international disputes, and he suggested, in order to render arbitration efficacious, an international court at Venice before which any powers in disagreement should appear in the person of an ambassador to plead their cause. To quote again from Balch, “ Cruce proposed that all the principal sovereigns of the world should always have at Venice ambassadors to represent them in a general assembly of all the nations of the world: and that when any two sovereign potentates should disagree, that then instead of settling their difference of opinion by resorting to arms and war, they should appeal to the judgment of this assembly sitting at Venice, each contestant presenting his side of the case through his own representative in Venice. In this general world-wide assembly, Crucé wished to include the great republics. But the ambassadors of the republics were not to have a vote except in case of a tie. “And if the opinions of the assembly of the Princes or their Deputies were found to be divided into two parts and of equal weight, as may happen,' he says the Deputies of the Republies who would have a deliberative voice could then be called, in order to finish the debate by the counterbalancing weight of their suffrages.' Thus in the rough we find the present Hague International Court sketched out.” (Intro., pp. xvi-xvii.)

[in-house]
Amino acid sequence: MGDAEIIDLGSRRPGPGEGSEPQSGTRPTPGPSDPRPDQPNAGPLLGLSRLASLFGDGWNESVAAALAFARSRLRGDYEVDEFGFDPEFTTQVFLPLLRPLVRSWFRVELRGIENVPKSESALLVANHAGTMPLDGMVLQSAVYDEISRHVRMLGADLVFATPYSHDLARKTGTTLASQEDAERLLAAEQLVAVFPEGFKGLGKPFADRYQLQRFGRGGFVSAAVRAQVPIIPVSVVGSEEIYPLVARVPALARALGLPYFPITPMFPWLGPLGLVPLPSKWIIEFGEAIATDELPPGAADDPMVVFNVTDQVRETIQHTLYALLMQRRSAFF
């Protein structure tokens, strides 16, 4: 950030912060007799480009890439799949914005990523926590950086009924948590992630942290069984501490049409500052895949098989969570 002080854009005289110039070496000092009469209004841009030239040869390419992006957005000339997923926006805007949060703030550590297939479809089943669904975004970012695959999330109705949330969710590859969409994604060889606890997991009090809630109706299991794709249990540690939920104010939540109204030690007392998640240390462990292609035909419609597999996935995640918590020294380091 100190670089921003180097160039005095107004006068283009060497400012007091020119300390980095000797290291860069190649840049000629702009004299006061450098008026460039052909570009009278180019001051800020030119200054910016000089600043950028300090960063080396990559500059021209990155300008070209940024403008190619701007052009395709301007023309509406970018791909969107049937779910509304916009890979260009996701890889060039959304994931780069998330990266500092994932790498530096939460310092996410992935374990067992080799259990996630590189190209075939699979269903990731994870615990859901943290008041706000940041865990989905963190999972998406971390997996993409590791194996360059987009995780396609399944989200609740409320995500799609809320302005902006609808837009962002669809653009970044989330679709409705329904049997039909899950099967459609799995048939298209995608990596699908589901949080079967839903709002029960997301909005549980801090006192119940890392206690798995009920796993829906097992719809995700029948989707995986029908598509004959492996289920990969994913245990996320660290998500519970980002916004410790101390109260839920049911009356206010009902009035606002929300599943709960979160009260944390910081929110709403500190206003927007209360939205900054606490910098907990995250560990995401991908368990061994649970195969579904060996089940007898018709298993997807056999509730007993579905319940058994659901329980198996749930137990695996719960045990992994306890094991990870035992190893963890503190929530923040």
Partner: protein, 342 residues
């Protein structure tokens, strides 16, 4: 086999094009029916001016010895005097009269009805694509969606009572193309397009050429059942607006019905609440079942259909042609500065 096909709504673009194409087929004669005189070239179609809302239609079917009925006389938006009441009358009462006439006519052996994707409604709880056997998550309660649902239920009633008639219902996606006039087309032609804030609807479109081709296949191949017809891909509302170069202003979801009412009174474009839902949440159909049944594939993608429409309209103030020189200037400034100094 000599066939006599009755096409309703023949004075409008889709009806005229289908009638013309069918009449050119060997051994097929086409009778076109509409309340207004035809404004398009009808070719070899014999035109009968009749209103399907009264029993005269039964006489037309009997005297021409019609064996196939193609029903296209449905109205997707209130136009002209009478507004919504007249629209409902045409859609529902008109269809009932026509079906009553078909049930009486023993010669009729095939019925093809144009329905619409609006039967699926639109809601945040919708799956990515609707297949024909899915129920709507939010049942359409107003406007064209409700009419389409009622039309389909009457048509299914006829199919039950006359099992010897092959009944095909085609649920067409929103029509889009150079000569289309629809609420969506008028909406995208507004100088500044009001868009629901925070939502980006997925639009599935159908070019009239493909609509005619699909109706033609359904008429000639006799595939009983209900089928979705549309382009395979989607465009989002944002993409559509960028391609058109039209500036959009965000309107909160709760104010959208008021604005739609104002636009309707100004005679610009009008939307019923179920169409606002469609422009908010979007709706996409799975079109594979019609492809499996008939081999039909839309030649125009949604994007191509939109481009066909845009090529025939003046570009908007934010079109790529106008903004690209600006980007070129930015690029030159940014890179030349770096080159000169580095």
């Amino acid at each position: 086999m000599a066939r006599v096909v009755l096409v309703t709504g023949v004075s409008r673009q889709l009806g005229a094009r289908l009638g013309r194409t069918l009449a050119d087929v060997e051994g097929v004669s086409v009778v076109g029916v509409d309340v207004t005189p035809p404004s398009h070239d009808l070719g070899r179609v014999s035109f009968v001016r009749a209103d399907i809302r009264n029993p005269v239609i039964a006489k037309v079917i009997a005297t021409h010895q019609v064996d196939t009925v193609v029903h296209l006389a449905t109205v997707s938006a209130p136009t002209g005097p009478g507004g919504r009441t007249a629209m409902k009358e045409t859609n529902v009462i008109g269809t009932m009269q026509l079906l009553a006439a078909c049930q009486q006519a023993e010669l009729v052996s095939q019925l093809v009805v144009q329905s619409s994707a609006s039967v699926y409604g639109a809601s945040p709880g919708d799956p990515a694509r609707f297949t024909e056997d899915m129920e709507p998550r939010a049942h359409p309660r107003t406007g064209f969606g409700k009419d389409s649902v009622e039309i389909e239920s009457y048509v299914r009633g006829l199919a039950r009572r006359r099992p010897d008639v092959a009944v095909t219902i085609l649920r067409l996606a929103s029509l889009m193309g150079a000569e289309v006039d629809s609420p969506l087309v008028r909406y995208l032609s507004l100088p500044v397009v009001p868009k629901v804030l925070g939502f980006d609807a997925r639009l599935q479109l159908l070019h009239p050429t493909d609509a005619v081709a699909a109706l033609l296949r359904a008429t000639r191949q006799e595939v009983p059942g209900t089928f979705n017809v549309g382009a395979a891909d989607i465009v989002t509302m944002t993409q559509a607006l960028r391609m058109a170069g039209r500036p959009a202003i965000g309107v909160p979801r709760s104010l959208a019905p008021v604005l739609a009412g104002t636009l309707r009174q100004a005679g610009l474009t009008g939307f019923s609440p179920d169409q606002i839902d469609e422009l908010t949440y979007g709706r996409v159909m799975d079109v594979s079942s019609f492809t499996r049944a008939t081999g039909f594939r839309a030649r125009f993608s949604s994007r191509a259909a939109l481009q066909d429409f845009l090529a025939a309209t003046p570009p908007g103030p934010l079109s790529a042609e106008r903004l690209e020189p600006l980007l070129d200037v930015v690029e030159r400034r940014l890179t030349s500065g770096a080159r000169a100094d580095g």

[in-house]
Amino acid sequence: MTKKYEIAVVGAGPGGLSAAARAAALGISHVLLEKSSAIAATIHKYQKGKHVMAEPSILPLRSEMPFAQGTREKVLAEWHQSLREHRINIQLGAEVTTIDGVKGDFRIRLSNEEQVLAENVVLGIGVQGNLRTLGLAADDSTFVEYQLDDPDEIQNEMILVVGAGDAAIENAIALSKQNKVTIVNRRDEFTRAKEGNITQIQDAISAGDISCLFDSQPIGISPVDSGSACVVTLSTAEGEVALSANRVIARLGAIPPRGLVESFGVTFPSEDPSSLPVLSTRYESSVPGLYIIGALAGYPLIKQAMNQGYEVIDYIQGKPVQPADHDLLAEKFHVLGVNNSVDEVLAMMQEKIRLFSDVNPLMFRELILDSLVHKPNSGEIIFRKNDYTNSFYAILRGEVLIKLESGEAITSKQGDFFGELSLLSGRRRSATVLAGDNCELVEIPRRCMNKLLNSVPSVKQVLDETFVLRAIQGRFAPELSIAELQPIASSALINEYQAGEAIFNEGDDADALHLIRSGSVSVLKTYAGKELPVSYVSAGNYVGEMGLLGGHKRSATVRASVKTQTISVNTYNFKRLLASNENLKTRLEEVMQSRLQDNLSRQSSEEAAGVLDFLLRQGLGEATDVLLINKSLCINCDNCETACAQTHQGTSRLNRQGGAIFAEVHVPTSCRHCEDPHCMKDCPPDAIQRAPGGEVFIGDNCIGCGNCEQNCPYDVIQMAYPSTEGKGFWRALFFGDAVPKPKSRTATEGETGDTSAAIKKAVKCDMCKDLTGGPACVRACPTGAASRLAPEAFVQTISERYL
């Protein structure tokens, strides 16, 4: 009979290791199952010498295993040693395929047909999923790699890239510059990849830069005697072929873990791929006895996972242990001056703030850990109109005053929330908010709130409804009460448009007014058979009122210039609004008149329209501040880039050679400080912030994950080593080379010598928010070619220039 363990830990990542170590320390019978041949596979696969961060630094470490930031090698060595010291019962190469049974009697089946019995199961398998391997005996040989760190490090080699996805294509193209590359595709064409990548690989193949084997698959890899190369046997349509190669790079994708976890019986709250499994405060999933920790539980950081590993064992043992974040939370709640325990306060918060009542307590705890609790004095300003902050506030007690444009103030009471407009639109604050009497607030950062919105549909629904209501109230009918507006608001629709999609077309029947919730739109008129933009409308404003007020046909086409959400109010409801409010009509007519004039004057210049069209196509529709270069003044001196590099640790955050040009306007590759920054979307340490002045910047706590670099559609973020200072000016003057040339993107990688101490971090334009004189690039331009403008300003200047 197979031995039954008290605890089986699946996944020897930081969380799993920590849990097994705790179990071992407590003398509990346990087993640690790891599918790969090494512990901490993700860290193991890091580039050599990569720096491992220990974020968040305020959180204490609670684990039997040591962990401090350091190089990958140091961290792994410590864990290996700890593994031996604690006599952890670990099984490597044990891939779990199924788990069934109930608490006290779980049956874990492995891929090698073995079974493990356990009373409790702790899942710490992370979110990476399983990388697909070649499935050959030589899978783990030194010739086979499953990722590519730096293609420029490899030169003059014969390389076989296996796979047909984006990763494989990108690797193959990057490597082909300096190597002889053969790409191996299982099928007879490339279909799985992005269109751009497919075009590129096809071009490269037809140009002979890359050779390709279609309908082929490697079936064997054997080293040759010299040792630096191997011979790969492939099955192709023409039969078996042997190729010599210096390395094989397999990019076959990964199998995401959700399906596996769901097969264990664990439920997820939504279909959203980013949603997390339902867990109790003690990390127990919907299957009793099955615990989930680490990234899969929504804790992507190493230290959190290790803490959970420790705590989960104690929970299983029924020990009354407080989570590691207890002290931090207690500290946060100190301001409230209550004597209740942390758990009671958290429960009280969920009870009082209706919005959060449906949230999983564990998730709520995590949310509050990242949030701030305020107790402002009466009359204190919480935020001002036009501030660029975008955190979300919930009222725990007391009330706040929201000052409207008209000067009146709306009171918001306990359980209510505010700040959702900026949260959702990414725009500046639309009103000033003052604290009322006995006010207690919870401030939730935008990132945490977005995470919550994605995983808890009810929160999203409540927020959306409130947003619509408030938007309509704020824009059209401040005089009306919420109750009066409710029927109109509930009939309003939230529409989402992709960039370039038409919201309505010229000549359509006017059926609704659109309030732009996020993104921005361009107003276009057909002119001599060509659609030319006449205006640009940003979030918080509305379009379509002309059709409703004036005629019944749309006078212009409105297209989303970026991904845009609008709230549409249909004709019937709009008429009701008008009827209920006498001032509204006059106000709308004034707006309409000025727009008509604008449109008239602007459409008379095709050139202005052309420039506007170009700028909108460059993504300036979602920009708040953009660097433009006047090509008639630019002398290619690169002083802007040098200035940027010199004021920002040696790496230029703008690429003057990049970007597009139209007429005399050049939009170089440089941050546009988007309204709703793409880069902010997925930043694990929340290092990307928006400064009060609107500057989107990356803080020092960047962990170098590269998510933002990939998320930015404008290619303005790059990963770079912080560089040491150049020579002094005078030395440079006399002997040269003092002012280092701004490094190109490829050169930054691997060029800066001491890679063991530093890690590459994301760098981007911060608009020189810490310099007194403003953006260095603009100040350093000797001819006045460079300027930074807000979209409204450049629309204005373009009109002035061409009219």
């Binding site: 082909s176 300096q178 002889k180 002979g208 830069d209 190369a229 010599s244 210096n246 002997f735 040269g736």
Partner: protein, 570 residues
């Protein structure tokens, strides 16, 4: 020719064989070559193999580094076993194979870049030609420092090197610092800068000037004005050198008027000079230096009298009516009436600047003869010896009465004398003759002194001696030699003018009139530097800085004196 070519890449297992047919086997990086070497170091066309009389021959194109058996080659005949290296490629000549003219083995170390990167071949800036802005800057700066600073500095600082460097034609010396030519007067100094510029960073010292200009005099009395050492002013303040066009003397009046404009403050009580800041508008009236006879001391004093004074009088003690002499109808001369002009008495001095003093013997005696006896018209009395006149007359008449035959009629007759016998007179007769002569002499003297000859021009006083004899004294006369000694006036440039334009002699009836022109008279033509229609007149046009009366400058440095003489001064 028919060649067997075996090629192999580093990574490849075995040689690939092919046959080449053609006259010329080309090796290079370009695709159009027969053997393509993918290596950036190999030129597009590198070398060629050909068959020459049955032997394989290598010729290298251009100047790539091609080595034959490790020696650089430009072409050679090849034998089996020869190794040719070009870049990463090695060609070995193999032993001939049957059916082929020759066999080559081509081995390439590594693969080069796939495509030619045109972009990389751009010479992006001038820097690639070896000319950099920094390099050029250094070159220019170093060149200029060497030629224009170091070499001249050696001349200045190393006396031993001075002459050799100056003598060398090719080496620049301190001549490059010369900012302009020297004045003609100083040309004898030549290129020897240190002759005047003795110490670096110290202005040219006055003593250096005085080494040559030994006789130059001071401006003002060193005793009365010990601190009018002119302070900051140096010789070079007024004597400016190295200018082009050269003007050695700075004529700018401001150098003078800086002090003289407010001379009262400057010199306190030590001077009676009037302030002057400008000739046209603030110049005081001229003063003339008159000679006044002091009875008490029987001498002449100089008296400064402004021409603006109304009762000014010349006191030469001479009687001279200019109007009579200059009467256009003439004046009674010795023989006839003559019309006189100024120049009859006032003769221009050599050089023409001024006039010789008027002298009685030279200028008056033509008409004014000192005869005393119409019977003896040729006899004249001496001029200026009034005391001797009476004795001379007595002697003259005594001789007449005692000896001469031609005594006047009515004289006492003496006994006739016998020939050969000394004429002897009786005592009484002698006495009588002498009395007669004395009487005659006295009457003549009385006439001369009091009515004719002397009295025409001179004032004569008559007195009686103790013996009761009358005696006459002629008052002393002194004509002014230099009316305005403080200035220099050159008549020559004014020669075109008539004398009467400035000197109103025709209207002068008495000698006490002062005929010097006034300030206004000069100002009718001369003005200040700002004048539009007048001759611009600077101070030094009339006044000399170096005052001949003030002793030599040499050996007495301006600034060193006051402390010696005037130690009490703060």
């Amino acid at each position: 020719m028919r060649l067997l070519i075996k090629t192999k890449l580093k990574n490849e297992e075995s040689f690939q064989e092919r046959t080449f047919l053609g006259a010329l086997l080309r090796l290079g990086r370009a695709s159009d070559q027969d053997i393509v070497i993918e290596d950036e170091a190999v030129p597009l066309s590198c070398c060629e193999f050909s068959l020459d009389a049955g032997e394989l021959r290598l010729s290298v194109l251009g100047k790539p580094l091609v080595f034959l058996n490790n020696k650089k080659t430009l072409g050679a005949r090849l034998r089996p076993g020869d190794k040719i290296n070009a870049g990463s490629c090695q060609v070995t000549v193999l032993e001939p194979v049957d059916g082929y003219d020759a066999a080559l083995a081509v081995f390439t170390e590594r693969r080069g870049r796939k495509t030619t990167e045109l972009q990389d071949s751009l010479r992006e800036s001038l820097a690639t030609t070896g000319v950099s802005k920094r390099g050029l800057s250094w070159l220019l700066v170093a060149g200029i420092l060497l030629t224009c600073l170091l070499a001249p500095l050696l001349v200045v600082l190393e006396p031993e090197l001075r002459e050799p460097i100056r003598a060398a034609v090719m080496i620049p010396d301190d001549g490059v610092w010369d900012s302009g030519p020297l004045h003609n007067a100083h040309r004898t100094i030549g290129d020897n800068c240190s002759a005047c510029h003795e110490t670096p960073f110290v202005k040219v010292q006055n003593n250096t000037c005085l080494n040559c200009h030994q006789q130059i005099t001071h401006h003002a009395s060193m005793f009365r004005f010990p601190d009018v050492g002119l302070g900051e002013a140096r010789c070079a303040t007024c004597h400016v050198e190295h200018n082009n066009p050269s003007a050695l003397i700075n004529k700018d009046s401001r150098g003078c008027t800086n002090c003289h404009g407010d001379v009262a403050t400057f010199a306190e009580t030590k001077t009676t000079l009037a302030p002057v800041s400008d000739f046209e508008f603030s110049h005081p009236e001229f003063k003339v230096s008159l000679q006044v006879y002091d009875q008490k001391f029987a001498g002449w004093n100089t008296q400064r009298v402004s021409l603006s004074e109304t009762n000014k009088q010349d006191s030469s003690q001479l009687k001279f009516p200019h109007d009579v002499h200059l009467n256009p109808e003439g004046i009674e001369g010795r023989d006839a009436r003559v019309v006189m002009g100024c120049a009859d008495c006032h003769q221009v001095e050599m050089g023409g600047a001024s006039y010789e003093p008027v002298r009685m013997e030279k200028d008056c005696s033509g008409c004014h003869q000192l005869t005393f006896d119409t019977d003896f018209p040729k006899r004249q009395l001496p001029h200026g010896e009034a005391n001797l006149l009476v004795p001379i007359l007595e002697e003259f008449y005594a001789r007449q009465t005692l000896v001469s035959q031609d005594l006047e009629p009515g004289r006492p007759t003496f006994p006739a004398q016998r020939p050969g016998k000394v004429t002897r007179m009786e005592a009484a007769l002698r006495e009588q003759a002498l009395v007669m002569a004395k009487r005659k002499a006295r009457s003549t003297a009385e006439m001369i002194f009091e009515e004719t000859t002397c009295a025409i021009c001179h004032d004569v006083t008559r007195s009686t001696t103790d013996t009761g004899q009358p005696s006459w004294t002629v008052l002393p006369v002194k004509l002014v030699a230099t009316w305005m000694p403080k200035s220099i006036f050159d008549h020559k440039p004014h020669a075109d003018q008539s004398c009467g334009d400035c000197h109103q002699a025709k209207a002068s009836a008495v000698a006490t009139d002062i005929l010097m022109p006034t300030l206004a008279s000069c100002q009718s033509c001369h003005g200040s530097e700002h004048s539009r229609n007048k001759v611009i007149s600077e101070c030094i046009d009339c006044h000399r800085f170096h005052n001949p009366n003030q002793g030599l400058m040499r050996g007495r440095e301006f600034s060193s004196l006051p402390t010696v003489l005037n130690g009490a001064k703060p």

Without entering into details, enough has been said to show the general interest of this remarkable work, and Mr. Balch deserves the gratitude of students and scholars for placing it within reach in its original and translated form. The enterprise has been a labor of love, for Mr. Blach has printed the volume in luxurious form and at his own expense and offers it to the public at cost.
JAMES BROWN SCOTT.
Lo Stato Soggetto Del Diritto Internazionale. By Dr. Andrea Rapi
sardi-Mirabelli. Pisa : Direzione Dell'Archivio Giuridico. 1909, 89 pp. L. 4.
The present study is, as we are informed in a foot-note, intended by the author to form one among a series dealing with “Fundamental questions of international law.”
“ The State as the subject of International Law” would hardly appear to furnish a theme capable of much elaboration. Indeed, the author opens by the declaration that the great majority of the definitions of international law define or assume the state as its only subject, and that from this point of view he has merely to deal with one or